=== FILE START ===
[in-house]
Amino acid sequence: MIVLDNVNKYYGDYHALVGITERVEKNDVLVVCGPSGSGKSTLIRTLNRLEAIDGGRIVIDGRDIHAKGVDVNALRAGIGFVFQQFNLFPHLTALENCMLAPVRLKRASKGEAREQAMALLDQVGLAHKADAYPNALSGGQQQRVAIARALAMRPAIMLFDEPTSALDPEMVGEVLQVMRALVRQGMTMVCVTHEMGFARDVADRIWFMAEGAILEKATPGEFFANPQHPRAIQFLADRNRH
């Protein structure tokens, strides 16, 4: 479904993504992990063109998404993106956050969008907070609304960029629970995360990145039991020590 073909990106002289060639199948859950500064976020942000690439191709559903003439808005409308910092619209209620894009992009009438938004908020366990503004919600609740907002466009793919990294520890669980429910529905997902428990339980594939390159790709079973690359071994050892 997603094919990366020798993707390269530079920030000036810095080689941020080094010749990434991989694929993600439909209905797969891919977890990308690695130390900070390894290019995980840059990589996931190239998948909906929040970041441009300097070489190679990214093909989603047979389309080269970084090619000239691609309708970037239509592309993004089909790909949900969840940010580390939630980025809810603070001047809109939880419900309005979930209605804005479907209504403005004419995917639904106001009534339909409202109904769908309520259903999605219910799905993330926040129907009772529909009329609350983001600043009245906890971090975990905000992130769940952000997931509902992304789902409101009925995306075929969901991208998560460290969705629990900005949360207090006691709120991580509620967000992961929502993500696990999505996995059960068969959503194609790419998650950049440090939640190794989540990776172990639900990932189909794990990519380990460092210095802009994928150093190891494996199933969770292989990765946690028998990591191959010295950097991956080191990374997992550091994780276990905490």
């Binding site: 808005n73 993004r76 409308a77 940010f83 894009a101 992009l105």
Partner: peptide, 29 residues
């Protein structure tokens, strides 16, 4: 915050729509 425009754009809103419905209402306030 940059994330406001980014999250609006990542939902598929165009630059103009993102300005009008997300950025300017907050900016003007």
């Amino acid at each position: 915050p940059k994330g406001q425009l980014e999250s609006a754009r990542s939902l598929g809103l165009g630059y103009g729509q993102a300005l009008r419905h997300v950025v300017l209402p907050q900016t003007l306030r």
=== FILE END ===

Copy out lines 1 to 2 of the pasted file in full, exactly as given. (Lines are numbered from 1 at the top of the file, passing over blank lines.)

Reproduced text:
[in-house]
Amino acid sequence: MIVLDNVNKYYGDYHALVGITERVEKNDVLVVCGPSGSGKSTLIRTLNRLEAIDGGRIVIDGRDIHAKGVDVNALRAGIGFVFQQFNLFPHLTALENCMLAPVRLKRASKGEAREQAMALLDQVGLAHKADAYPNALSGGQQQRVAIARALAMRPAIMLFDEPTSALDPEMVGEVLQVMRALVRQGMTMVCVTHEMGFARDVADRIWFMAEGAILEKATPGEFFANPQHPRAIQFLADRNRH